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Heather Hollingsworth, Associated Press
Heather Hollingsworth, Associated Press
Hillel Italie, Associated Press
Hillel Italie, Associated Press
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NEW YORK (AP) — Until a year ago, Stephana Ferrell’s political activism was limited to the occasional letter to elected officials.
Then came her local school board meeting in Orange County, Florida and an objection raised to Maia Kobabe’s graphic novel “Gender Queer: A Memoir.” And the county’s decision last fall to remove it from high school shelves.
WATCH: School librarians speak out against recent upsurge in attempts to ban books
“By winter break, we realized this was happening all over the state and needed to start a project to rally parents to protect access to information and ideas in school,” says Ferrell, a mother of two. Along with fellow Orange County parent Jen Cousins, she founded the Florida Freedom to Read Project, which works with existing parent groups statewide on a range of educational issues, including efforts to “keep or get back books that have gone under challenge or have been banned.”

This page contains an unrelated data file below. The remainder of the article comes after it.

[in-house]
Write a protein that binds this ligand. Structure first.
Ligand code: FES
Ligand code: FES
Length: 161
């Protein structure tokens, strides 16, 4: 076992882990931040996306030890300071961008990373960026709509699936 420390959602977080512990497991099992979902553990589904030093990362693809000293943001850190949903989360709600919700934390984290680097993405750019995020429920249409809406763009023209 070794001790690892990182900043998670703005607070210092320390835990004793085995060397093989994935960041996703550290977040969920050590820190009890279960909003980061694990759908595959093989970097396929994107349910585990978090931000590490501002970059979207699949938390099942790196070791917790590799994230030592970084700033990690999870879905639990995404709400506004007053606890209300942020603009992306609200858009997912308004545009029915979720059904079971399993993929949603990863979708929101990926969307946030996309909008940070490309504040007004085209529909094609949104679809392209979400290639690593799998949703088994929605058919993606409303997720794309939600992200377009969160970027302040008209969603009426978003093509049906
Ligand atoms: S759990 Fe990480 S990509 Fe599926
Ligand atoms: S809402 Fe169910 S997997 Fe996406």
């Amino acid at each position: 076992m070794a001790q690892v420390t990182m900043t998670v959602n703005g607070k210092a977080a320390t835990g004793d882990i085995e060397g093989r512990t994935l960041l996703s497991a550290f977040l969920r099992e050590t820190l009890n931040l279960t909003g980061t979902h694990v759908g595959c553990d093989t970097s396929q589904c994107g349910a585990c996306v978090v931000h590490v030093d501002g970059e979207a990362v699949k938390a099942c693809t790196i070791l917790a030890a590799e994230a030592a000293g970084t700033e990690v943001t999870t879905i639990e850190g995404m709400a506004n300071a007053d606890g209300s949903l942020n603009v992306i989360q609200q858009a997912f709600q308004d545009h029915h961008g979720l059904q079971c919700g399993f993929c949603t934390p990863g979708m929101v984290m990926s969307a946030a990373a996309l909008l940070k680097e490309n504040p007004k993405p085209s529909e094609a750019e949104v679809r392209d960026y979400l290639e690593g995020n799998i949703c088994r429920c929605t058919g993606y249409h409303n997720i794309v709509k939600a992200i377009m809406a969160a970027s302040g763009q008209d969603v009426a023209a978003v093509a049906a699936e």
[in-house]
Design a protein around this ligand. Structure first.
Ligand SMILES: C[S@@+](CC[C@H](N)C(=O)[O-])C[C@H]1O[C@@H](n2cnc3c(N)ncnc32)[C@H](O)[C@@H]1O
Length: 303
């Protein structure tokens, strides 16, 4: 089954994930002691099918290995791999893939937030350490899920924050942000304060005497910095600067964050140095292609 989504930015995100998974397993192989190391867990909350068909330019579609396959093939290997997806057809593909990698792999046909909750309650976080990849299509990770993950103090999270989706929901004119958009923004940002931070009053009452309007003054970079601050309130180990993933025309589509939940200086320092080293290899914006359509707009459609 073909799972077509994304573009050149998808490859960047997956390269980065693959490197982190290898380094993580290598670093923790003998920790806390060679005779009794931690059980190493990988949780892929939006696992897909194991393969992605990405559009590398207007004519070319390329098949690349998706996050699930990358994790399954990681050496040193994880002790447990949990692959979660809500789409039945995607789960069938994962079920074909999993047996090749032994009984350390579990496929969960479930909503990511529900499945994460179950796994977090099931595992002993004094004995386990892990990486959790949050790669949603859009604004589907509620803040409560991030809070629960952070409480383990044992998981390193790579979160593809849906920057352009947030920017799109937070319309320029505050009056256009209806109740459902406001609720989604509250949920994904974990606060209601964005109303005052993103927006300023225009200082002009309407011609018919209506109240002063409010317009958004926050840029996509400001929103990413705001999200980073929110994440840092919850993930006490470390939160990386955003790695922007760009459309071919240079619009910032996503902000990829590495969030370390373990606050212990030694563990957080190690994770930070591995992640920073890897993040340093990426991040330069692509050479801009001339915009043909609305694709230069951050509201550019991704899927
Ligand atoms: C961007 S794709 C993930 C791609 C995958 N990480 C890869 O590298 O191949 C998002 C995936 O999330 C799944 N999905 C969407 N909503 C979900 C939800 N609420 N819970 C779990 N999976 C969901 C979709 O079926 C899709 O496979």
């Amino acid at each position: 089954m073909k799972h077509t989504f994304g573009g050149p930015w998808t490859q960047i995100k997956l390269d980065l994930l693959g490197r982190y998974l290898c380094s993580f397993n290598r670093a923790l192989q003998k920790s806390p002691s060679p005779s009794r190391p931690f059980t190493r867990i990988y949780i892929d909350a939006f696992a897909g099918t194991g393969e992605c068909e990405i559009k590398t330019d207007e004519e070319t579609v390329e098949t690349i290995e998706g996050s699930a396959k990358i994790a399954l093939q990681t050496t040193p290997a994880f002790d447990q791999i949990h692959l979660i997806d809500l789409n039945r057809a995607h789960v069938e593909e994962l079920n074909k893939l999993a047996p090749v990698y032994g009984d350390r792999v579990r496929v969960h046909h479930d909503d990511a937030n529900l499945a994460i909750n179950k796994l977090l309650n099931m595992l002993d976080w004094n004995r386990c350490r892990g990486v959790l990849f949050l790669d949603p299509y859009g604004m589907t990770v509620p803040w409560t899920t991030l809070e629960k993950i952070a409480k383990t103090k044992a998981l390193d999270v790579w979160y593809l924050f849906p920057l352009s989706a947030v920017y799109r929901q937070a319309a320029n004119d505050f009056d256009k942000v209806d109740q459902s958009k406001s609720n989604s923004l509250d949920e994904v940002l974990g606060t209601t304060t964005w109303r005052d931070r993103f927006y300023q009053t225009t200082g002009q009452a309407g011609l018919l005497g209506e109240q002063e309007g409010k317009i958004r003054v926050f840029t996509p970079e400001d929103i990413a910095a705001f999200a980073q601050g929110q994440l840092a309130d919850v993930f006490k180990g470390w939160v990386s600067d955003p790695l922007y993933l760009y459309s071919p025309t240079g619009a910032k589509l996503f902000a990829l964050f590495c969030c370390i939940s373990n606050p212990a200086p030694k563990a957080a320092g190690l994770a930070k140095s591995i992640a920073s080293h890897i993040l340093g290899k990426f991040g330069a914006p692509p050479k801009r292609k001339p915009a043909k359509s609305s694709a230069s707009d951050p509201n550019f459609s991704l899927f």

Over the past year, book challenges and bans have reached levels not seen in decades, according to officials at the American Library Association, the National Coalition Against Censorship (NCAC) and other advocates for free expression. Censorship efforts have ranged from local communities such as Orange County and a Tennessee school board’s pulling Art Spiegelman’s graphic novel “Maus,” to statewide initiatives.
“There are some books with pornography and pedophilia that should absolutely be removed from K through 12 school libraries,” says Yael Levin, a spokeswoman for No Left Turn in Education, a national group opposed to what it calls a “Leftist agenda” for public schools that has called on Attorney General Merrick Garland to investigate the availability of “Gender Queer” among other books. “Now we’re not talking about a public library or bookstores. We’re talking about K through 12 school libraries, books that are just pornographic and with pedophilic content.”
According to PEN America, which has been tracking legislation around the country, dozens of bills have been proposed that restrict classroom reading and discussion. Virtually all of the laws focus on sexuality, gender identity or race. In Missouri, a bill would ban teachers from using the “1619 Project,” the New York Times magazine issue which centers around slavery in American history and was released last fall as a book.